Colorado businesses and employees alike would greatly benefit from a state-run program allowing workers to take time off to care for newborns or loved ones in medical crises — but not Senate Bill 188.
This convoluted and unworkable plan continues to devolve as bill sponsors now try to appease business-lobby critics who will likely never sign onto any kind of family leave legislation.
We applaud the sentiment and goals of the bill’s proponents, but prime sponsors need to scrap this well-meaning but doomed effort and start over.
The measure would create a new employee tax — which sponsors say is a fee. Whatever it is, it’s split among workers and businesses to create a new insurance program. The program would pay part of a worker’s wages for up to 12 weeks so employees could care for a new-born or an ailing friend or family member.
It’s a badly needed effort that would be a great boon to not only workers, but their employers, too. Insured employees would get partial-paid time off from work, but benefit checks for up to 12 weeks come from the insurance system, not the employer. That allows business to hire temporary workers or pay overtime to other workers to help pick up the slack.
Most important, it would provide much needed financial relief to the working and middle class who desperately need time off from work to care for a new baby or someone they’re close to who is seriously ill or dying.
Compelling stories about people having to be at work while their loved ones die alone — or face financial ruin because they choose to do the humane thing — are widespread and real. The need for this bill speaks to a state where the cost of living and the lack of livable wages make luxuries like caring for a dying loved one something reserved only for the state’s wealthiest residents.
The problems with Senate Bill 188 are numerous, however.
Business lobbies are demanding that the measure limit who qualifies as someone worthy of taking time away from work to care for. That’s wrong. Allowing the government or insurance companies to define relationships detracts from many who need measures like this for “family” members who aren’t defined like that by law.
The bill was also made worse by allowing for a growing number of businesses, as well as cities and counties, to opt out of the measure, certainly undermining its financial viability. With a weakened financial foundation, actuaries will be hard pressed to sign off on the system.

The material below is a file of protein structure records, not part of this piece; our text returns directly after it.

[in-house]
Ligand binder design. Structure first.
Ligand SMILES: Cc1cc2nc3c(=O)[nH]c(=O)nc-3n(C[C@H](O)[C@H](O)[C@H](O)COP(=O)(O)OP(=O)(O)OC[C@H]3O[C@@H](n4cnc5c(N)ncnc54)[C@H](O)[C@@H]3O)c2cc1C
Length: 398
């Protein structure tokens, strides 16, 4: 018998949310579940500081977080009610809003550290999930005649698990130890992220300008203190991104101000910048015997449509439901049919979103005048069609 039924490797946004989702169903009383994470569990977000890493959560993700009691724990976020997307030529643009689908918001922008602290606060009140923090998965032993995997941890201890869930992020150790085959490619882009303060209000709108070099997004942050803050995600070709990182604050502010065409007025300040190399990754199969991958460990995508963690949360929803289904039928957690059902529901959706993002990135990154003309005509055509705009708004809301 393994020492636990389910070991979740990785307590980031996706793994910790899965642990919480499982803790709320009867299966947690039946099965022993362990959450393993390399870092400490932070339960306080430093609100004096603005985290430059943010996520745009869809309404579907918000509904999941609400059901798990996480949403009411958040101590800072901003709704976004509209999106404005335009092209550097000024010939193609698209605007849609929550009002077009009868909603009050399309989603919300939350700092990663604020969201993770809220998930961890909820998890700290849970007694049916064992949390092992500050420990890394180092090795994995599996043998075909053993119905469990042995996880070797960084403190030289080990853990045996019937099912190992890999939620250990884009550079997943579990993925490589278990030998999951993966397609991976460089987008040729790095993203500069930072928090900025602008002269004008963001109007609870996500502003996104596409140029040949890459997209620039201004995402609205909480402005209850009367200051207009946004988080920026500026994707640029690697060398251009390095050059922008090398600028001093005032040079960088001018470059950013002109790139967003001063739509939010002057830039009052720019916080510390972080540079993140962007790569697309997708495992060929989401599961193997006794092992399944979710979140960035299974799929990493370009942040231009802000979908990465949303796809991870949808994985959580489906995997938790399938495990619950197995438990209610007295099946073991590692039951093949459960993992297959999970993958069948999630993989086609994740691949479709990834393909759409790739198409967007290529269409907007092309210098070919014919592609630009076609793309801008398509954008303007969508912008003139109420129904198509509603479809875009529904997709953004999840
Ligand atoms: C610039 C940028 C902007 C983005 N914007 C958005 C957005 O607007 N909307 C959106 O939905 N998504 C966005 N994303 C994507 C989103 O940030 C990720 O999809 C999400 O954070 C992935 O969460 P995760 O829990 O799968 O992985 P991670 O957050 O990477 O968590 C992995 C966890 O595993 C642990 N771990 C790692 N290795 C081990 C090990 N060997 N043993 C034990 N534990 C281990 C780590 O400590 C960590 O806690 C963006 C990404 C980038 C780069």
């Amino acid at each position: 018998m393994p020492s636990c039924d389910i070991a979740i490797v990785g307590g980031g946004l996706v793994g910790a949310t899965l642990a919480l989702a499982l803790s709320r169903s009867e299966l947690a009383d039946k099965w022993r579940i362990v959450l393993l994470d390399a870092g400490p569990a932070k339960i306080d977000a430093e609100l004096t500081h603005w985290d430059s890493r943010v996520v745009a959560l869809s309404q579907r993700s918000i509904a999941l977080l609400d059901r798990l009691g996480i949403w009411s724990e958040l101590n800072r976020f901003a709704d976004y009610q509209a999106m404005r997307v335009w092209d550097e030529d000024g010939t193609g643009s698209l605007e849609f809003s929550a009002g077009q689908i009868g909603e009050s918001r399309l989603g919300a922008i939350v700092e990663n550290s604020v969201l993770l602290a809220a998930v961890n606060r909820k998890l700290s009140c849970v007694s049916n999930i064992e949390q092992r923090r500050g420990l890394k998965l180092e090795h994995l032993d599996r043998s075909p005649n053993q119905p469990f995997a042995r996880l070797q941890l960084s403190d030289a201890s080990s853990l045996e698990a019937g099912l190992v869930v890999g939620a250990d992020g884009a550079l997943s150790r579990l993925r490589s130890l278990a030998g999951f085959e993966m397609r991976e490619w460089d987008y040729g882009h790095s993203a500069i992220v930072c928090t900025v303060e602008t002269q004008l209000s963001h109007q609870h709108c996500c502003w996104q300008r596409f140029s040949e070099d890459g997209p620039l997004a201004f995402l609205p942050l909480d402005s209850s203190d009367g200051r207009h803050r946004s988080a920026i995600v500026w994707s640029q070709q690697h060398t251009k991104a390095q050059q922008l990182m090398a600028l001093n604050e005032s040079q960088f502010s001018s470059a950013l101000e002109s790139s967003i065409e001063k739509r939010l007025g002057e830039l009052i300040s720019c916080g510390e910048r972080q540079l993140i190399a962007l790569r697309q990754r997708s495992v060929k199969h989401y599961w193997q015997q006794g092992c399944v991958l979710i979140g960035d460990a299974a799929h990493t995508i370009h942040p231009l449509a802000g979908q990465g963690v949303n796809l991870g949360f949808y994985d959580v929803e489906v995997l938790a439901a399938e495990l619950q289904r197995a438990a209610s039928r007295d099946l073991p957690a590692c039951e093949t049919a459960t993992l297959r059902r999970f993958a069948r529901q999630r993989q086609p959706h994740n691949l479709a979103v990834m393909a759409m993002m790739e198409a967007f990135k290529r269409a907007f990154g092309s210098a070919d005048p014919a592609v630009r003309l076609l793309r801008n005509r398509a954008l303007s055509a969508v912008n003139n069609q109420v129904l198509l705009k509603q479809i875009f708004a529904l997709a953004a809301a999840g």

As far as being a financial burden on businesses or employees, that’s an overblown argument. The cost of the insurance, split among employers and employees, is reasonable if financial projections pan out.
And bill sponsors quickly addressed early criticisms about the measure not capping premiums feeding the new insurance plan.
The biggest problem, however, is the funding mechanism for this insurance. Proponents have dubbed regularly docked wages to fund this program “fees.” Clearly, under the eyes of Colorado law, it’s a tax.
Bill sponsors are calling it a fee in an effort to get around the insufferable, so-called Colorado Taxpayer Bill of Rights. Doing that, however, dooms the measure to being tied up in courts, possibly for years, before it is inevitably ruled that it is indeed a tax.
Pull Senate Bill 188 and create a reasonable measure that reduces pay benefits to a more affordable and sustainable eight-week limit. Allow employees to decide whom they need to miss work to care for, and call the funding mechanism what it really is, a tax. Then ask voters to enact the measure, ensuring that it can take effect immediately and without the threat of being stalled in courts.
But don’t doom this important issue by drawing inevitable and damaging opposition to a measure that has no hope for success.